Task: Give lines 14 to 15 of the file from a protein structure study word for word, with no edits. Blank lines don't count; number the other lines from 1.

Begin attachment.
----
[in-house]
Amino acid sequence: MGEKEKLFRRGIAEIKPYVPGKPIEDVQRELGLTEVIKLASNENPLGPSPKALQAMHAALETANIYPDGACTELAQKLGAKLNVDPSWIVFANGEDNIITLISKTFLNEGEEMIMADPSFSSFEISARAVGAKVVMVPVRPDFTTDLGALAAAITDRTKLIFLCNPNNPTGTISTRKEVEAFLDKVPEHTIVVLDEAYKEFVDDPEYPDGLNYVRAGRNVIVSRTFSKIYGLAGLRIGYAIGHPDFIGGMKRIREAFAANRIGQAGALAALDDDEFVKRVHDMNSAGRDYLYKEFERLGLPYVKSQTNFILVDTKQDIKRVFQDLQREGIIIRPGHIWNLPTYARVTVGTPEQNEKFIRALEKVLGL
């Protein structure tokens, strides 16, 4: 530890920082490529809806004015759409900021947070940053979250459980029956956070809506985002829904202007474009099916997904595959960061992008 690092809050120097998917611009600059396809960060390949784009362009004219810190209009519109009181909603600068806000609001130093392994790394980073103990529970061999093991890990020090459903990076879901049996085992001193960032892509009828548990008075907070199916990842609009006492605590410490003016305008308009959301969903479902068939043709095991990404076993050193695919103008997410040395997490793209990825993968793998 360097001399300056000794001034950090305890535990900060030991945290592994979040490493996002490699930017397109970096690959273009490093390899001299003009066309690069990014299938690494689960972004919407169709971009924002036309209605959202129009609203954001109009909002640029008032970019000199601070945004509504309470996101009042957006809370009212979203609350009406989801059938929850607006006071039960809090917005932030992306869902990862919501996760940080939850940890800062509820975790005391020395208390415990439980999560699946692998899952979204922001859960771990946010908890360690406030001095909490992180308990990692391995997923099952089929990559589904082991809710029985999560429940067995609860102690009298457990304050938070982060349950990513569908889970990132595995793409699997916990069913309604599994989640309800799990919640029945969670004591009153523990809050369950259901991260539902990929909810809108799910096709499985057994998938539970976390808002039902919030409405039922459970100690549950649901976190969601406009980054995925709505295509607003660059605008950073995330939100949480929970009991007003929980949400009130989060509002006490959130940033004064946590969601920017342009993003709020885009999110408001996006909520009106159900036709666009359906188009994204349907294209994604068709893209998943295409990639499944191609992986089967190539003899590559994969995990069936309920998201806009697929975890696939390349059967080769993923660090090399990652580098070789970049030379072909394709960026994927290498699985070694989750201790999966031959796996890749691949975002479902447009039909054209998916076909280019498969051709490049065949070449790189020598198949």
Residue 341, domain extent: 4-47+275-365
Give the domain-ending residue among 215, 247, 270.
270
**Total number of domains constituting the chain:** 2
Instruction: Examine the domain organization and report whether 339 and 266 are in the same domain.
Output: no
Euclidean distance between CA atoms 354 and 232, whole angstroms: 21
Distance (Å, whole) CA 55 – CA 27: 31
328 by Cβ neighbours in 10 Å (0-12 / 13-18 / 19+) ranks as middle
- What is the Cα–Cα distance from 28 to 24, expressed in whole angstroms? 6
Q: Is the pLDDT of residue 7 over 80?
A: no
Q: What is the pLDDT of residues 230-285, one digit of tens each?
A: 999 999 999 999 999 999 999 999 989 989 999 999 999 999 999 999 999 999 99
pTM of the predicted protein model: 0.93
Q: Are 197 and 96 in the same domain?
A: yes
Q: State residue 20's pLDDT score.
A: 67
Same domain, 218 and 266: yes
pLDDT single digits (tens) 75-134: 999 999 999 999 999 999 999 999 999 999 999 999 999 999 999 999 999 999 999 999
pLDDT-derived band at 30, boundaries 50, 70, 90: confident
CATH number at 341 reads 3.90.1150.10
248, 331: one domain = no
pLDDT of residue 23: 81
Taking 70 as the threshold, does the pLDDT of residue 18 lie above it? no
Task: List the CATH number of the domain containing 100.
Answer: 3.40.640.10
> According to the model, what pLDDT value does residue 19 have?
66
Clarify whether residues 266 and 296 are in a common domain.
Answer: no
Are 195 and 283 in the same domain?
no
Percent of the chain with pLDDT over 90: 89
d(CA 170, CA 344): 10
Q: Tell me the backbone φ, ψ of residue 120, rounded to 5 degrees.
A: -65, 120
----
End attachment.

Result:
Q: Is the pLDDT of residue 7 over 80?
A: no